FRANKFORT, Ky. — Gov. Andy Beshear said Kentuckians need to be aware of rising cases of COVID-19.
“It’s not done with us,” he said. “We cannot be done with it.”
What You Need To Know
- Kentucky reported 2,841 new COVID-19 cases on Thursday
- Gov. Beshear says cases are escalating after the rate of new cases remained relatively flat for several weeks this fall
- 13% of Kentuckians have received a booster shot for the COVID-19 vaccine
- 60% of all Kentuckians, including 72% of adults, have gotten at least one shot of the COVID-19 vaccine
He said recent numbers are concerning, even though the Thanksgiving holiday kept the actual number of reported new cases down last week. The state reported 2,841 new cases on Thursday, along with a positivity rate of 9.2% and 40 new deaths.
“We are in an escalation again at the moment,” Beshear said. “We don’t know how long it would last. We don’t know if it’s behavior-driven. It could be driven by the holidays or the winter.”
Part of the reason Kentucky is seeing more cases, more hospitalizations, and a higher positivity rate lately, Beshear said, is because of waning vaccine immunity.
As of Thursday, 13% of Kentuckians have gotten a booster.
“If it’s been six months since you’ve been vaccinated, you are not nearly as protected as you were right after that,” he said. “Get the booster shot, and at least against delta, you’re in pretty good shape, and we know you’ll be in the best shape we can get you in for omicron as we learn more about it.”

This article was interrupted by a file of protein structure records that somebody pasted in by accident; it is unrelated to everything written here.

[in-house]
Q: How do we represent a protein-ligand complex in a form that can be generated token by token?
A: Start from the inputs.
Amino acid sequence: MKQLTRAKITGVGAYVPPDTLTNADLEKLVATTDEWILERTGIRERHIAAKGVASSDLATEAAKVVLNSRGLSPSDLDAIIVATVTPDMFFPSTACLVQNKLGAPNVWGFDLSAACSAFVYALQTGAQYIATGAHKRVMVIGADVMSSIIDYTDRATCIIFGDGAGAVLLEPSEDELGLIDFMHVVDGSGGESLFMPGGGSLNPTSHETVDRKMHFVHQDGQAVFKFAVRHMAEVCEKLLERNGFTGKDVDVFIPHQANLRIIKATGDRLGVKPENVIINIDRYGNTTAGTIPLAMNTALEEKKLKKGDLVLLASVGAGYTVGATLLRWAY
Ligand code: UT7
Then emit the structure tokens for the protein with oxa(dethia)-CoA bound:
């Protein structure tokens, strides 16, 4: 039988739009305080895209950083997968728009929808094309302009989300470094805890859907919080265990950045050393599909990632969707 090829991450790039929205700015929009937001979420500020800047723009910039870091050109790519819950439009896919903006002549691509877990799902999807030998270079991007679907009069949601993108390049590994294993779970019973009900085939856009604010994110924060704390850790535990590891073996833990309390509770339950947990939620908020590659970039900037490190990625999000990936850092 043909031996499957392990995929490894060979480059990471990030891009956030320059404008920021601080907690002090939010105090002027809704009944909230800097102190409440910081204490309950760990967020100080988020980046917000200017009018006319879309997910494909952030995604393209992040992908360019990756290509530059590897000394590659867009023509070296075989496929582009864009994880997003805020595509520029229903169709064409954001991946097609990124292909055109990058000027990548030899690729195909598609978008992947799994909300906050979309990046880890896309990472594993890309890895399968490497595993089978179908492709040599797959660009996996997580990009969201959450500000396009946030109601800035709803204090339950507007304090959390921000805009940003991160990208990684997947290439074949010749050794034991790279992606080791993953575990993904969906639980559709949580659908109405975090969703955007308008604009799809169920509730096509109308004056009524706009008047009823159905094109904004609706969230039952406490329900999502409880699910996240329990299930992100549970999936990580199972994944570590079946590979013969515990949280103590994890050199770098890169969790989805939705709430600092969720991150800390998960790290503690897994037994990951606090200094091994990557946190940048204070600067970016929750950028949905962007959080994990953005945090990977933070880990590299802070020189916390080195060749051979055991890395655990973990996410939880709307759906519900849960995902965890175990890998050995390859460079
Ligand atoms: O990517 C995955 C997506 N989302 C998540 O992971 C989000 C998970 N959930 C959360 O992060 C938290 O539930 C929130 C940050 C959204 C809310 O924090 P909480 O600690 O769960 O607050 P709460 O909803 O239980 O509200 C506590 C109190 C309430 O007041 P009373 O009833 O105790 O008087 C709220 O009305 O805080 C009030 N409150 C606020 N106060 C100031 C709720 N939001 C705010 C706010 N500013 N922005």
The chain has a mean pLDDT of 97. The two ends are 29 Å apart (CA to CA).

60% of all Kentuckians, including 72% of all adults, have gotten at least one shot of the COVID-19 vaccine. Only 13% of Kentuckians have gotten a booster, although that number is among the highest in the country, Beshear said.
The omicron variant hasn’t yet been detected in Kentucky and there have only been a handful reported in the U.S.
Stressing that people should not panic, Kentucky Public Health Commissioner Dr. Steven Stack said it’s a matter of when, not if, it hits the commonwealth.
“It is important to be careful and concerned; It is not a time to panic,” he said. “We have much better tools now than we did when this pandemic started last year, but we should be careful and concerned because our future is not outside our control in the way we choose to act and behave in response to this current problem.”
Stack said there are still a lot of unknowns with omicron, but the good news is the advice to stay safe is the same as its always been: be careful how many people you’re in contact with, wear a mask in crowded indoor spaces and get vaccinated.